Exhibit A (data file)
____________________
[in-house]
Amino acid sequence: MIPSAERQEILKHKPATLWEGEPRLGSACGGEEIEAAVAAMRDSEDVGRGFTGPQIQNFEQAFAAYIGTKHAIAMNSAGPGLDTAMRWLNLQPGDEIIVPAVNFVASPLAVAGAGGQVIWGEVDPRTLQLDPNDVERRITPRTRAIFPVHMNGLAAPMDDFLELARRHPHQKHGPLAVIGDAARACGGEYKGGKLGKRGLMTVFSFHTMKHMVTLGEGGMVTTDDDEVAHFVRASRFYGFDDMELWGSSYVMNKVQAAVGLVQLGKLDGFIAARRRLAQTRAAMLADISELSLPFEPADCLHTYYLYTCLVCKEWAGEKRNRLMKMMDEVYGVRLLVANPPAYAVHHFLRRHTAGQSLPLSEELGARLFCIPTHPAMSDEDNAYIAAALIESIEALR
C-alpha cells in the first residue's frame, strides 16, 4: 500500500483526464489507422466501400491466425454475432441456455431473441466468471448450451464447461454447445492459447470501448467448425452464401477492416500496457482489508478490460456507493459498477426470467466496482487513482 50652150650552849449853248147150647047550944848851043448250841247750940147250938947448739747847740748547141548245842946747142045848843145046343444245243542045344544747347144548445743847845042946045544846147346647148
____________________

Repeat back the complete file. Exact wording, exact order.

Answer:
[in-house]
Amino acid sequence: MIPSAERQEILKHKPATLWEGEPRLGSACGGEEIEAAVAAMRDSEDVGRGFTGPQIQNFEQAFAAYIGTKHAIAMNSAGPGLDTAMRWLNLQPGDEIIVPAVNFVASPLAVAGAGGQVIWGEVDPRTLQLDPNDVERRITPRTRAIFPVHMNGLAAPMDDFLELARRHPHQKHGPLAVIGDAARACGGEYKGGKLGKRGLMTVFSFHTMKHMVTLGEGGMVTTDDDEVAHFVRASRFYGFDDMELWGSSYVMNKVQAAVGLVQLGKLDGFIAARRRLAQTRAAMLADISELSLPFEPADCLHTYYLYTCLVCKEWAGEKRNRLMKMMDEVYGVRLLVANPPAYAVHHFLRRHTAGQSLPLSEELGARLFCIPTHPAMSDEDNAYIAAALIESIEALR
C-alpha cells in the first residue's frame, strides 16, 4: 500500500483526464489507422466501400491466425454475432441456455431473441466468471448450451464447461454447445492459447470501448467448425452464401477492416500496457482489508478490460456507493459498477426470467466496482487513482 50652150650552849449853248147150647047550944848851043448250841247750940147250938947448739747847740748547141548245842946747142045848843145046343444245243542045344544747347144548445743847845042946045544846147346647148